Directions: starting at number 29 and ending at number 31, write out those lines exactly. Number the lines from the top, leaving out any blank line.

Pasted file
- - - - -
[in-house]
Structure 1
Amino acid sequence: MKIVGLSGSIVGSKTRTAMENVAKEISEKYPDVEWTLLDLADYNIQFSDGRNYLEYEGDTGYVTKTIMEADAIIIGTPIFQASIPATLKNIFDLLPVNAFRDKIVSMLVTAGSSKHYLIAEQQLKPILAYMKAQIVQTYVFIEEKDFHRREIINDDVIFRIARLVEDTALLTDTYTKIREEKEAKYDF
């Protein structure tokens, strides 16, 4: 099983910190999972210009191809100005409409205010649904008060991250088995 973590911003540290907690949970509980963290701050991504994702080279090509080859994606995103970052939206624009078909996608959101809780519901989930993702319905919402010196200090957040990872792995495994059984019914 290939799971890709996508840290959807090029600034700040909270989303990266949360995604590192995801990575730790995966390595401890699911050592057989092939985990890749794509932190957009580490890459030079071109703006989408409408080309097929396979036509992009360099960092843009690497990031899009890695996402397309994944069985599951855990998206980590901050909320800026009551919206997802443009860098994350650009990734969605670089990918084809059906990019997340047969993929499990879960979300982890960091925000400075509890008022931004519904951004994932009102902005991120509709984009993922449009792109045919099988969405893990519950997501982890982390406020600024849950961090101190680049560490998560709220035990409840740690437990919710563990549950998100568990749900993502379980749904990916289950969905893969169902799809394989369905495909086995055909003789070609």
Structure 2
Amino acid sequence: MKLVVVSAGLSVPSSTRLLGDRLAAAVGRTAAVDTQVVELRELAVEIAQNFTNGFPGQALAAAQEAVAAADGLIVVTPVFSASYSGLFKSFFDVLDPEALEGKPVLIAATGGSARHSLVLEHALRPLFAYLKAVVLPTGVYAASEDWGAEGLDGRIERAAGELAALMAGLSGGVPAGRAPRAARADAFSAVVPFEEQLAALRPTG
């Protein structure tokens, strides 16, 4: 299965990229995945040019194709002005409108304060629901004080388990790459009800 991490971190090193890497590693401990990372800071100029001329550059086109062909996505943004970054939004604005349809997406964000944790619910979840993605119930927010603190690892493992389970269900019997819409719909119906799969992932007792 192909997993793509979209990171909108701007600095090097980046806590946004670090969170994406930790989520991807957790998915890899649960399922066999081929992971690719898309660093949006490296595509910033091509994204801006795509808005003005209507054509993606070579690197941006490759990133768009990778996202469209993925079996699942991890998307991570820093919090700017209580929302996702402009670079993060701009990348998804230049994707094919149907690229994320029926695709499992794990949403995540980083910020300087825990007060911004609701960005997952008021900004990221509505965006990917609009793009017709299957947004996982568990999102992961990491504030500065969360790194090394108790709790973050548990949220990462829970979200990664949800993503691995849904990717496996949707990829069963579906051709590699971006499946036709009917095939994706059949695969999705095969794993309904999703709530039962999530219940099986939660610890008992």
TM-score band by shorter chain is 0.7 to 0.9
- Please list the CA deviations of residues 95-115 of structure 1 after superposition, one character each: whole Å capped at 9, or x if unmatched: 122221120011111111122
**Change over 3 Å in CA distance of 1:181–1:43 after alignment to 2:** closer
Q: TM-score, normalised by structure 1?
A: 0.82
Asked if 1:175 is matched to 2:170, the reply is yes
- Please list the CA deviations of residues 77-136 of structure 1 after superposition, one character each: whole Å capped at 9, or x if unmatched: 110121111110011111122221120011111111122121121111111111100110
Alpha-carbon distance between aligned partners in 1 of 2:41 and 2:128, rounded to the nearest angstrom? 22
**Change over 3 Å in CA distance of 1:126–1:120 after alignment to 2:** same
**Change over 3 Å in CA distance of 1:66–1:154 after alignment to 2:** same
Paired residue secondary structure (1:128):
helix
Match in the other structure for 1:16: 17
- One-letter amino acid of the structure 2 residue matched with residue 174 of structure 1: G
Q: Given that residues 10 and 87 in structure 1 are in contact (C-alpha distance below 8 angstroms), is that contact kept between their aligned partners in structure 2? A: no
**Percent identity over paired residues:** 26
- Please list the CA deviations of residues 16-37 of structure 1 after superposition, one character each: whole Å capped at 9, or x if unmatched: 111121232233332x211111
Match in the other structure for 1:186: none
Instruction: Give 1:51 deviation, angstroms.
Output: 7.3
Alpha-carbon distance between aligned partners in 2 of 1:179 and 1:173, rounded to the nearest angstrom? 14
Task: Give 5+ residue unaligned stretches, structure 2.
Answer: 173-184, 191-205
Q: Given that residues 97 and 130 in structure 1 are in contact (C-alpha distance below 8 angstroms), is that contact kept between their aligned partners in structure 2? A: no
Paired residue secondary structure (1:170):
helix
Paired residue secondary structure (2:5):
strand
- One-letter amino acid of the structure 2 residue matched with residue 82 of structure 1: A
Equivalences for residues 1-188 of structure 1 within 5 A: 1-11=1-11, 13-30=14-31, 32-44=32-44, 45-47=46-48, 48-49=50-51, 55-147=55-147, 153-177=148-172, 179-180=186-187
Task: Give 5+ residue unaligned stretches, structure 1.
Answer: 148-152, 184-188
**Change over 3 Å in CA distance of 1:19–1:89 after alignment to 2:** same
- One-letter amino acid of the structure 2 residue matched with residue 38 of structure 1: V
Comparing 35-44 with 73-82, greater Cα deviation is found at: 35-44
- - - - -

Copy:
Task: Give 5+ residue unaligned stretches, structure 2.
Answer: 173-184, 191-205
Q: Given that residues 97 and 130 in structure 1 are in contact (C-alpha distance below 8 angstroms), is that contact kept between their aligned partners in structure 2? A: no